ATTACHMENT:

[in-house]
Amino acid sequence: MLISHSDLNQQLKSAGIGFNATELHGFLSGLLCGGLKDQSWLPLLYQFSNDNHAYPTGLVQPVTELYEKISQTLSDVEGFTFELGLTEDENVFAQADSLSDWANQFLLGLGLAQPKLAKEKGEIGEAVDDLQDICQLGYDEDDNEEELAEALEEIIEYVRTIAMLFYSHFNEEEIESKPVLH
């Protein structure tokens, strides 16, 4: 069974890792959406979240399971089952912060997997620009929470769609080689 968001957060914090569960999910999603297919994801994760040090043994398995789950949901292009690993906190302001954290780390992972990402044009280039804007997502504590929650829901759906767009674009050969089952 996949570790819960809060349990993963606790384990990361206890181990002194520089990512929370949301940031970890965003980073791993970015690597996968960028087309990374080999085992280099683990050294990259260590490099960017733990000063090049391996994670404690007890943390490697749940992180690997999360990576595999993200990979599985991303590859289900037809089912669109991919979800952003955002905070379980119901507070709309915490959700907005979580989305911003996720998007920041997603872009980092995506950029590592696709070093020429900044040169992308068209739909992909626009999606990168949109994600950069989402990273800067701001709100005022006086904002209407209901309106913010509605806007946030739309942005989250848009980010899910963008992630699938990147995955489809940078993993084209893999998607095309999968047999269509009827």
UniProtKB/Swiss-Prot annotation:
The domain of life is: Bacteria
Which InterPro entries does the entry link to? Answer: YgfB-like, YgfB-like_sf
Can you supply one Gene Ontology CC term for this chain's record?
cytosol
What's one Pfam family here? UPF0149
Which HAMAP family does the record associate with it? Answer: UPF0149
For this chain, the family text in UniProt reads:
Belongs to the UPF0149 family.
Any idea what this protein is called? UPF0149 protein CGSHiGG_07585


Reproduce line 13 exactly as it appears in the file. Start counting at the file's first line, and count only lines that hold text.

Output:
Any idea what this protein is called? UPF0149 protein CGSHiGG_07585